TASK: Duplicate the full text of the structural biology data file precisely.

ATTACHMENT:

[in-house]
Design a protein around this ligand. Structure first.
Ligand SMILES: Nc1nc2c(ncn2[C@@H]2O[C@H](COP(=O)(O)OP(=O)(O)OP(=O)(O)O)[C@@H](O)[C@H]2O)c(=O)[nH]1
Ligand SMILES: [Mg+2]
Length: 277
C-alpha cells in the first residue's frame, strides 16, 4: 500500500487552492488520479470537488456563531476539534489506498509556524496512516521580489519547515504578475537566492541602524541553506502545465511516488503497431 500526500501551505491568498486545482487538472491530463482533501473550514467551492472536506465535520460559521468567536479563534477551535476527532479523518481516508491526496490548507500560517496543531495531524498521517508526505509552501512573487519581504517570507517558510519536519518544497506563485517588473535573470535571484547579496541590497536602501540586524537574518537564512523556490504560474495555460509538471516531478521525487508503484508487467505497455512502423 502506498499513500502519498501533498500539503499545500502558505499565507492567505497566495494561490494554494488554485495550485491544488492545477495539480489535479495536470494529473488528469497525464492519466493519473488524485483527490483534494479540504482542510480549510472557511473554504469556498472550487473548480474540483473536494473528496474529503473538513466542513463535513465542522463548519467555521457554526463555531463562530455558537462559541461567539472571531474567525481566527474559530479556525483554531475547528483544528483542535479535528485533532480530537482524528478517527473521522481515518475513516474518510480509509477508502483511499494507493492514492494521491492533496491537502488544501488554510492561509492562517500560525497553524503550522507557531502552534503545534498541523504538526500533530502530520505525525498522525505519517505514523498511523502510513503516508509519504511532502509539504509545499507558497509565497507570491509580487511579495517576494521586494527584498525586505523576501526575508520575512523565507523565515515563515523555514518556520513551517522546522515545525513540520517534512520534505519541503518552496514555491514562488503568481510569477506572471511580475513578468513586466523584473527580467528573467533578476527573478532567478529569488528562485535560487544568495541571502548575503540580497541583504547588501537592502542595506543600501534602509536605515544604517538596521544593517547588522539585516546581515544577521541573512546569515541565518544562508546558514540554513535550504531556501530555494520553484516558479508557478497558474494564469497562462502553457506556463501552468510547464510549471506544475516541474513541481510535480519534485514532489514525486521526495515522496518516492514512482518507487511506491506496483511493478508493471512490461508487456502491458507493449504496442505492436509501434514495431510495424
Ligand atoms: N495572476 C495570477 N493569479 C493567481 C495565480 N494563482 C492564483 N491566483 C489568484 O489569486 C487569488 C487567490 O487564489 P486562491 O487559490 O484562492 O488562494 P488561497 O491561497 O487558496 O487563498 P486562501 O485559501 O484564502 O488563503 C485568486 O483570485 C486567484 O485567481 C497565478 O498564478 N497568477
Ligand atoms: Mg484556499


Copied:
[in-house]
Design a protein around this ligand. Structure first.
Ligand SMILES: Nc1nc2c(ncn2[C@@H]2O[C@H](COP(=O)(O)OP(=O)(O)OP(=O)(O)O)[C@@H](O)[C@H]2O)c(=O)[nH]1
Ligand SMILES: [Mg+2]
Length: 277
C-alpha cells in the first residue's frame, strides 16, 4: 500500500487552492488520479470537488456563531476539534489506498509556524496512516521580489519547515504578475537566492541602524541553506502545465511516488503497431 500526500501551505491568498486545482487538472491530463482533501473550514467551492472536506465535520460559521468567536479563534477551535476527532479523518481516508491526496490548507500560517496543531495531524498521517508526505509552501512573487519581504517570507517558510519536519518544497506563485517588473535573470535571484547579496541590497536602501540586524537574518537564512523556490504560474495555460509538471516531478521525487508503484508487467505497455512502423 502506498499513500502519498501533498500539503499545500502558505499565507492567505497566495494561490494554494488554485495550485491544488492545477495539480489535479495536470494529473488528469497525464492519466493519473488524485483527490483534494479540504482542510480549510472557511473554504469556498472550487473548480474540483473536494473528496474529503473538513466542513463535513465542522463548519467555521457554526463555531463562530455558537462559541461567539472571531474567525481566527474559530479556525483554531475547528483544528483542535479535528485533532480530537482524528478517527473521522481515518475513516474518510480509509477508502483511499494507493492514492494521491492533496491537502488544501488554510492561509492562517500560525497553524503550522507557531502552534503545534498541523504538526500533530502530520505525525498522525505519517505514523498511523502510513503516508509519504511532502509539504509545499507558497509565497507570491509580487511579495517576494521586494527584498525586505523576501526575508520575512523565507523565515515563515523555514518556520513551517522546522515545525513540520517534512520534505519541503518552496514555491514562488503568481510569477506572471511580475513578468513586466523584473527580467528573467533578476527573478532567478529569488528562485535560487544568495541571502548575503540580497541583504547588501537592502542595506543600501534602509536605515544604517538596521544593517547588522539585516546581515544577521541573512546569515541565518544562508546558514540554513535550504531556501530555494520553484516558479508557478497558474494564469497562462502553457506556463501552468510547464510549471506544475516541474513541481510535480519534485514532489514525486521526495515522496518516492514512482518507487511506491506496483511493478508493471512490461508487456502491458507493449504496442505492436509501434514495431510495424
Ligand atoms: N495572476 C495570477 N493569479 C493567481 C495565480 N494563482 C492564483 N491566483 C489568484 O489569486 C487569488 C487567490 O487564489 P486562491 O487559490 O484562492 O488562494 P488561497 O491561497 O487558496 O487563498 P486562501 O485559501 O484564502 O488563503 C485568486 O483570485 C486567484 O485567481 C497565478 O498564478 N497568477
Ligand atoms: Mg484556499